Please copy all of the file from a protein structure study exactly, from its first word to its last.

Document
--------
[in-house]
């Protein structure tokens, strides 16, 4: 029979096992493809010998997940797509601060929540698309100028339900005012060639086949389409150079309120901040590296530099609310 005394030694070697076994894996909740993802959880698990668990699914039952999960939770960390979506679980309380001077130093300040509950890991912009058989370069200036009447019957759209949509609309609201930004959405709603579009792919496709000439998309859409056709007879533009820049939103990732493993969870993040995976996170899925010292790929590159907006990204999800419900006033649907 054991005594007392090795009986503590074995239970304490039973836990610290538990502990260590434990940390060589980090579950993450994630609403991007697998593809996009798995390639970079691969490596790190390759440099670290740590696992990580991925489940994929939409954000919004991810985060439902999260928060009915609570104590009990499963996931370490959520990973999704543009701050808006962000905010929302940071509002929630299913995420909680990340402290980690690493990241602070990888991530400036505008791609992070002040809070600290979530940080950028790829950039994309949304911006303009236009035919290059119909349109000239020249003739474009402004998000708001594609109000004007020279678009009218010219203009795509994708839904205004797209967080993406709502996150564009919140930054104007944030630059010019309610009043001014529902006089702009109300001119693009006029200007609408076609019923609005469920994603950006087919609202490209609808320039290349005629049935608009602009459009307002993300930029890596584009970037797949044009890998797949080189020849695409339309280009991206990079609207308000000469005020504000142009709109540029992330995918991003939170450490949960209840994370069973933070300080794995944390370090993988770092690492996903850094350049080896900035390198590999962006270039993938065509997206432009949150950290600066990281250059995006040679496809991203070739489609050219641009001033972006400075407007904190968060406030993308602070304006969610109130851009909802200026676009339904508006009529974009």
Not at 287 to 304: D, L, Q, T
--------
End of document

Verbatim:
[in-house]
């Protein structure tokens, strides 16, 4: 029979096992493809010998997940797509601060929540698309100028339900005012060639086949389409150079309120901040590296530099609310 005394030694070697076994894996909740993802959880698990668990699914039952999960939770960390979506679980309380001077130093300040509950890991912009058989370069200036009447019957759209949509609309609201930004959405709603579009792919496709000439998309859409056709007879533009820049939103990732493993969870993040995976996170899925010292790929590159907006990204999800419900006033649907 054991005594007392090795009986503590074995239970304490039973836990610290538990502990260590434990940390060589980090579950993450994630609403991007697998593809996009798995390639970079691969490596790190390759440099670290740590696992990580991925489940994929939409954000919004991810985060439902999260928060009915609570104590009990499963996931370490959520990973999704543009701050808006962000905010929302940071509002929630299913995420909680990340402290980690690493990241602070990888991530400036505008791609992070002040809070600290979530940080950028790829950039994309949304911006303009236009035919290059119909349109000239020249003739474009402004998000708001594609109000004007020279678009009218010219203009795509994708839904205004797209967080993406709502996150564009919140930054104007944030630059010019309610009043001014529902006089702009109300001119693009006029200007609408076609019923609005469920994603950006087919609202490209609808320039290349005629049935608009602009459009307002993300930029890596584009970037797949044009890998797949080189020849695409339309280009991206990079609207308000000469005020504000142009709109540029992330995918991003939170450490949960209840994370069973933070300080794995944390370090993988770092690492996903850094350049080896900035390198590999962006270039993938065509997206432009949150950290600066990281250059995006040679496809991203070739489609050219641009001033972006400075407007904190968060406030993308602070304006969610109130851009909802200026676009339904508006009529974009």
Not at 287 to 304: D, L, Q, T